Today's MC spotlight is on one of the greatest American singers of all time, Mr. Bill Withers. He is one of my favorite singers and one of my biggest influences as a writer. Although he is categorized as an R&B singer, Bill Withers is simply and completely an American songwriter, composer, musician, and singer in every way. He was born Williams Harrison Withers on July 4, 1938. He was the youngest of six children in the small coal-mining town of Slab Fork, West Virginia. He joined the Navy at the age of 18 and served for nine years. Afterwards, in 1967 he moved to Los Angeles, California to pursue a career in music. He was successful!
First, I cannot imagine being on the same ship as Bill Withers. I was in the Navy and none of the guys in my division could sing anywhere close to Bill Withers. Mr. Withers has the type of lyrics that speak to the soul. Some of his greatest hits such as Lean on Me, Ain't No Sunshine, Use Me, Just the Two of Us, Lovely Day, and Grandma's Hands were rhythmic, poetic, and they possessed the magic of a great American novel or short story. One of my favorite songs, which spoke on the subject of the Vietnam War was I Can’t Write Left Handed. Listen to this song and perhaps you will understand how poignant and ingenious this song is, and how Mr. Withers addresses the atrocities of war without being judgmental.
Overall, Bill Withers is still one of the greatest singers of our age. In 2009, the documentary Still Bill, which chronicles the career of this talented singer, was produced by directors Damani Baker, Alex Vlack.
Note to Mr. Bill Withers:
Mr. Withers, one of my regrets in life is that I’ve never had the pleasure of seeing you perform live, but I have treasured your music and lyrics since I was a boy. I have to thank my parents for having your records. I was born the year you made your move to Los Angeles; 18 years later, I would also go on to join the Navy. I’ve served on active duty for 3 years and went on to college where I served in the Naval Reserve for five years. Today, I still serve but as a teacher. I also write. You are one of my greatest influences as a writer. Meaning, I try to capture and record in my writing how life has touched me, and I try to keep my words simple, poetic, and true. I am often tempted to show the world just how deep my vocabulary can be, but then I think of your lyrics along with the writings of the late and great Paul Laurence Dunbar and the phenomenal Langston Hughes. So, I keep it simple and from the heart just as I feel you wrote your lyrics. Sir, I salute you. Relax and know that you have touched so many lives with your music. In particular, you have profoundly touched my life. I thank you. Peace and love to you and yours.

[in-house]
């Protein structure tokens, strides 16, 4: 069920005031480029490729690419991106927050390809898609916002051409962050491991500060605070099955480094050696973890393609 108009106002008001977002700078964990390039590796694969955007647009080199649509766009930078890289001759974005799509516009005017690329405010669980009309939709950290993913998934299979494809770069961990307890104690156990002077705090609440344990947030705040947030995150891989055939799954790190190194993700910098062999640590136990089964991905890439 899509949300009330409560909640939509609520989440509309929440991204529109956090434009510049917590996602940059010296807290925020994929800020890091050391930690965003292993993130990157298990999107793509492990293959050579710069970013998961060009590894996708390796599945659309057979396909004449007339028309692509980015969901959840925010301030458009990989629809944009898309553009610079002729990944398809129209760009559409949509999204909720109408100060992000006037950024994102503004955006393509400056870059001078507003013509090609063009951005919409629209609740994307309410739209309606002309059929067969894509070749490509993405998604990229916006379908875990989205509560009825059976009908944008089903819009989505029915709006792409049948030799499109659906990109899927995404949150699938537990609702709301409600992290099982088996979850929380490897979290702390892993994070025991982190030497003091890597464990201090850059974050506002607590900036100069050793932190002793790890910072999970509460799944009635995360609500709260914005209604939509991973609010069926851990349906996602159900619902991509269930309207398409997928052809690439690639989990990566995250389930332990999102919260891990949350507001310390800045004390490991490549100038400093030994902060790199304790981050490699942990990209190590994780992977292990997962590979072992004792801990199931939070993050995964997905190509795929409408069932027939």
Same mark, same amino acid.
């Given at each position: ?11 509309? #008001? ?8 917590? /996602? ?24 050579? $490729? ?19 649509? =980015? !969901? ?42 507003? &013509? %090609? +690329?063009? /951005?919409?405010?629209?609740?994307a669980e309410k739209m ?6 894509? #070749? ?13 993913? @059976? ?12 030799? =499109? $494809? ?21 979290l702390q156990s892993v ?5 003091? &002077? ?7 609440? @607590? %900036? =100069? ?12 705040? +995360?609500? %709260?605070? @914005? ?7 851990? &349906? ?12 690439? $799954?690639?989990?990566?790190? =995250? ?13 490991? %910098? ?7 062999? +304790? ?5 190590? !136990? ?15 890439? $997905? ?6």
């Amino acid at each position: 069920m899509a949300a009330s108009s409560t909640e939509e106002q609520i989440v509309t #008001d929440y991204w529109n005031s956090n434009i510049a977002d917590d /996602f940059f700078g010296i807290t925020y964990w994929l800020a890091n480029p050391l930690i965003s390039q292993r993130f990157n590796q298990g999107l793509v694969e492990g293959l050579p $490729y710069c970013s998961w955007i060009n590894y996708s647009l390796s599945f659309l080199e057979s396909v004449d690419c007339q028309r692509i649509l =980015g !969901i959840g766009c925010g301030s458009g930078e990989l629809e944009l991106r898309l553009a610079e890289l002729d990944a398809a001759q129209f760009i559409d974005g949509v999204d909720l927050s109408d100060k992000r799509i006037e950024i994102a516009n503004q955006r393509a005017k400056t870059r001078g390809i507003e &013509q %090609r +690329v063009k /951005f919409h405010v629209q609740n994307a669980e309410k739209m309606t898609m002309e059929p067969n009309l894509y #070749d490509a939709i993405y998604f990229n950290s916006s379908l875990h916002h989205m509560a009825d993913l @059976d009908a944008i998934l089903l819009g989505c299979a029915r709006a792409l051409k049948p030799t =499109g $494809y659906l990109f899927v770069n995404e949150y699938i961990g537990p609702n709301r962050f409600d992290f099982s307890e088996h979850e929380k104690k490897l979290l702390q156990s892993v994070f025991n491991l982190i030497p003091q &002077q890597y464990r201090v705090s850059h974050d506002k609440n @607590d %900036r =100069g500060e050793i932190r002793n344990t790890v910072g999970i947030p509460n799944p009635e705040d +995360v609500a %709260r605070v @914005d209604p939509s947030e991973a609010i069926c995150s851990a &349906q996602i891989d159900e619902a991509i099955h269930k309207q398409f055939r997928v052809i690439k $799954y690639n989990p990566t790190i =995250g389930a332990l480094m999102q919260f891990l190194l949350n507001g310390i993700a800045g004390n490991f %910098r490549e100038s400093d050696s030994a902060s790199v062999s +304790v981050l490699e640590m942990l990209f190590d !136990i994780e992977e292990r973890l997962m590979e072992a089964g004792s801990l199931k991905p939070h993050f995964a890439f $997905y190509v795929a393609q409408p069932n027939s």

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Sources: pbs.org, wikipedia,